When you work in a business with a reputation like one that a pawnshop operator has, you have to respond nimbly to the changes that are going to be occurring in the marketplace just to maintain your position. First Cash Financial (NASDAQ:FCFS) -- a premier pawnshop, payday loan lender, and most recently car dealer -- has maneuvered itself to seize opportunities to stay profitable and expand, if for no other reason than to keep up with the strong pack of competitors like EZ Corp (NASDAQ:EZPW), Cash America (NYSE:CSH), and even small time player QC Holdings (NASDAQ:QCCO) who are also on the move.

In the first quarter, First Cash Financial reported 28% earnings growth on 18% growth in revenues, while also announcing an aggressive new-store opening plan and raising guidance for the full year. Although Fools know that stock splits don't mean much other than management confidence in its business plan, First Cash's CEO announced the company's second split in two years, saying it reflected the "success in enhancing shareholder value and management's confidence in future growth."

In the second quarter, the pawnshop operator continued to set record revenue and earnings marks, posting a 22% jump in revenues for a 25% rise in earnings, and once again raised guidance for the full year, to a high of $0.95 per share. Gross margins continued to improve, primarily on the strength of jewelry sales because of the high price of gold, growing from 22% last year to over 33% this quarter. It also maintained its expansion in Mexico, where it primarily operates pawnshops

Marking its 23rd consecutive quarter of earnings growth, First Cash reported a 32% increase in third-quarter earnings to $0.25 per share on revenues that grew 28%, to $69 million. Fueled in large part by a torrid pace of expansion (it opened 63 new stores in the first nine months), margins improved while its loss provisions for bad loans in its payday lending sector remained unchanged from last year. Yet factoring in one-time benefits First Cash realized in 2005, its loss provisions were actually an improvement this time around. It also moved into a wholly new business, acquiring the Auto Master chain of "buy here, pay here" car dealerships -- a seemingly incongruous, but completely logical extension of its business designed to help financially strapped consumers.

Though first-quarter results won't be reported for another month, First Cash surprised investors with the announcement in November that the CEO abruptly resigned to "pursue other business opportunities outside of the consumer finance industry." Although the company was able to simultaneously announce a successor and there didn't seem to be any adverse effect registered from the change, it remains a curious development that should leave shareholders scratching their heads. Companies want smooth transitions and usually plan for and announce them well ahead of schedule to ensure that it happens. A hiccup like this has to make you wonder if there will be other shoes dropping soon.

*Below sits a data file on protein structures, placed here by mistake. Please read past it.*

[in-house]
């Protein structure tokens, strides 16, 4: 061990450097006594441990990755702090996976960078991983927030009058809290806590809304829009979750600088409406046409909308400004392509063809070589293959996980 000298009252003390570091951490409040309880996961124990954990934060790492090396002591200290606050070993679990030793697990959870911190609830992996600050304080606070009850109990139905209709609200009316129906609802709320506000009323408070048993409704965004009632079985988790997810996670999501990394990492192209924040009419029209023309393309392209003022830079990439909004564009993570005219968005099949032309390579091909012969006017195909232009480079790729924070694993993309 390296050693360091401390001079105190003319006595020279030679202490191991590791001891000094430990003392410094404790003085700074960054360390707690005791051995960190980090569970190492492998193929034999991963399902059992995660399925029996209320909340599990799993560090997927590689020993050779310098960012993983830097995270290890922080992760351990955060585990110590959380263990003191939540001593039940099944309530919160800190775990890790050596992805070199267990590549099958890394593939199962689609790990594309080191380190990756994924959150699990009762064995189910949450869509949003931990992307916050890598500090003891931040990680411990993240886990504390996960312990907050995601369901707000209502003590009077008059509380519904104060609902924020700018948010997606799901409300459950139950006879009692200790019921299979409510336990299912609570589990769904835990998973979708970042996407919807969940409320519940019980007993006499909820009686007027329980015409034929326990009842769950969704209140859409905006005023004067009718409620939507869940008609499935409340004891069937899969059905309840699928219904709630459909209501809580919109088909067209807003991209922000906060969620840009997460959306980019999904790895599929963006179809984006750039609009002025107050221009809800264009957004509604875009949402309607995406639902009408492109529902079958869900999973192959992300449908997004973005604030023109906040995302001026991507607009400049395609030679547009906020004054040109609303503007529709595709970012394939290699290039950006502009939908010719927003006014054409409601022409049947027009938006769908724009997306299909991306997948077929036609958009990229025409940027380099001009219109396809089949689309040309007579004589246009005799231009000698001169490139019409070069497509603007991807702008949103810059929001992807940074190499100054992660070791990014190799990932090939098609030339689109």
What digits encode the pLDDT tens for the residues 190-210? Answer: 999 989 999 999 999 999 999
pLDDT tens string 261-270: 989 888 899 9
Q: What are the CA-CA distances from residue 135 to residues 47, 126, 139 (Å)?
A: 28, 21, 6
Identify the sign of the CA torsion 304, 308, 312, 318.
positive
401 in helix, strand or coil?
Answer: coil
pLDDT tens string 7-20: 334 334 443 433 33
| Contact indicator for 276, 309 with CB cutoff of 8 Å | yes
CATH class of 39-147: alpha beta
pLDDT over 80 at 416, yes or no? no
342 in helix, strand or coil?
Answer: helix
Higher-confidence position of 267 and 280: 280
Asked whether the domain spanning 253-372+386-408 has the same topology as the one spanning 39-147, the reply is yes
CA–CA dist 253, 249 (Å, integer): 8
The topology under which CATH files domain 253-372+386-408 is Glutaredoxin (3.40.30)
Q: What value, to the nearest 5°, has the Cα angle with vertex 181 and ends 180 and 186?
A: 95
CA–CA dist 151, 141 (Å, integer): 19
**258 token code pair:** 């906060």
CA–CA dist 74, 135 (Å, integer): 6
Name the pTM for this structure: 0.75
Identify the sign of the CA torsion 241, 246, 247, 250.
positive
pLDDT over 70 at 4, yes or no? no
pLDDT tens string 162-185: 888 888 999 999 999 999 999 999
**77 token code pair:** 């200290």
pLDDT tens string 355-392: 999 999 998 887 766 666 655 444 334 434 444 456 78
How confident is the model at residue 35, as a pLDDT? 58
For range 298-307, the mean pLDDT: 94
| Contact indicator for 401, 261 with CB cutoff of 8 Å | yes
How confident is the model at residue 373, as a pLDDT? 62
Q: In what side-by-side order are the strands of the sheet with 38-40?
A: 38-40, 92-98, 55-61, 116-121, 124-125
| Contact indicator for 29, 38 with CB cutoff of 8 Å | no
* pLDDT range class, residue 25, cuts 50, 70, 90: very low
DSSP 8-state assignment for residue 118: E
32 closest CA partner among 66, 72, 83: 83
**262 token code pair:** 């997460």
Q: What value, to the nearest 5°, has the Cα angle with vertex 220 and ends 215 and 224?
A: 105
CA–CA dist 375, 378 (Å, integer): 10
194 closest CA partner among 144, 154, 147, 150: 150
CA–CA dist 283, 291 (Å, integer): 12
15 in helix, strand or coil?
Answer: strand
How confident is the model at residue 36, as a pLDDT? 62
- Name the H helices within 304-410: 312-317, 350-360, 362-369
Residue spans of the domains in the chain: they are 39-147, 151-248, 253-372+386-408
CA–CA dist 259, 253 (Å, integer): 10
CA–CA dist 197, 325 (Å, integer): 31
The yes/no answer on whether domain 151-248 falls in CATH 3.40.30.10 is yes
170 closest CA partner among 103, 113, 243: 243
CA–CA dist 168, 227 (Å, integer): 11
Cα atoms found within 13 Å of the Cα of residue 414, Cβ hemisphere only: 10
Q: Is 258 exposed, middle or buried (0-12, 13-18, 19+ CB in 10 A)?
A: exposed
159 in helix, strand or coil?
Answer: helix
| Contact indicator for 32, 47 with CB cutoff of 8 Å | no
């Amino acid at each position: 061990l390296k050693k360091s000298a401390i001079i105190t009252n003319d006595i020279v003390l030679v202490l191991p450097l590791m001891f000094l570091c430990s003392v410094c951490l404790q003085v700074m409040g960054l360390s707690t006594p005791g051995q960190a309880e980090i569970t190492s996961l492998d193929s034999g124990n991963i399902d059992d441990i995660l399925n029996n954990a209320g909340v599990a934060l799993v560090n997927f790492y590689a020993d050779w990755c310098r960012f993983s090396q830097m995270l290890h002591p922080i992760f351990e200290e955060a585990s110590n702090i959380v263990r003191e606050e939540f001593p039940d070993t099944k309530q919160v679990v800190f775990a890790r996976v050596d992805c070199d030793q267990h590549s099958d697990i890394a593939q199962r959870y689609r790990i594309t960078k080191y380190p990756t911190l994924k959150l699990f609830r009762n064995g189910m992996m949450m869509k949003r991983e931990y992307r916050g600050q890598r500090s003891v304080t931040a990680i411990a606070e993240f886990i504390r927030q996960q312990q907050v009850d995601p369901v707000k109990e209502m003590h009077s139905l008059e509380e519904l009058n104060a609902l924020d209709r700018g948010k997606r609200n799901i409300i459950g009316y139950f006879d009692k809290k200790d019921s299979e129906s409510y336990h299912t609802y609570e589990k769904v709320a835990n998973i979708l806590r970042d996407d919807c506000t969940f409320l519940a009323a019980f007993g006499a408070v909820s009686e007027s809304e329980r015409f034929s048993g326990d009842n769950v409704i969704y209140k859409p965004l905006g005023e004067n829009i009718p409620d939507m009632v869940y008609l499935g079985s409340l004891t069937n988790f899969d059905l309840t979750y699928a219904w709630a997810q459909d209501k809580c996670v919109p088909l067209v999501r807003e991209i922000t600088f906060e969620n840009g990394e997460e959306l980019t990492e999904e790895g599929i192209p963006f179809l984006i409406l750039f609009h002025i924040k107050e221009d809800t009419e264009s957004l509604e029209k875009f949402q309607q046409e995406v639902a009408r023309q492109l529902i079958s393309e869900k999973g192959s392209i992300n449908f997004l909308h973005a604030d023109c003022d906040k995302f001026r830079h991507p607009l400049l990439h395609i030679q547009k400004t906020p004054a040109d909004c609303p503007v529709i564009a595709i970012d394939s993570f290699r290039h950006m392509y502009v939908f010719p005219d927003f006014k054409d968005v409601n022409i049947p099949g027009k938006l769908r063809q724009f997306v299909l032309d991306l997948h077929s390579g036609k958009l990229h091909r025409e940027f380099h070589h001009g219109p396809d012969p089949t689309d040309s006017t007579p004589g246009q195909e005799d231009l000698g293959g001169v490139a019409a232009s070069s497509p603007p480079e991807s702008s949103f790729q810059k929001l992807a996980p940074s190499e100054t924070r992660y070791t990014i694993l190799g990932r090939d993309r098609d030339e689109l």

It's been a pretty good year for First Cash and its shareholders, considering the constrained regulatory environment on the payday lending side of things. The pawnshop operator, though, has taken on new opportunities with its car dealerships that seem to be a hand-in-glove fit, an opinion apparently echoed by our Motley Fool CAPS community members:

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5 Stars

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You can see that even in spite of the challenges pawnshops and payday lenders, First Cash is seen as a star performer. Said CAPS player deej8888, "Used vehicles sales are much more profitable than new vehicle sales for auto dealers &The fact that the auto business might expand "South of the Border" makes it even more interesting. This acquisition should augment FCFS' already great growth story."

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Fool contributor Rich Duprey does not own any of the stocks mentioned in this article. The Motley Fool has a disclosure policy.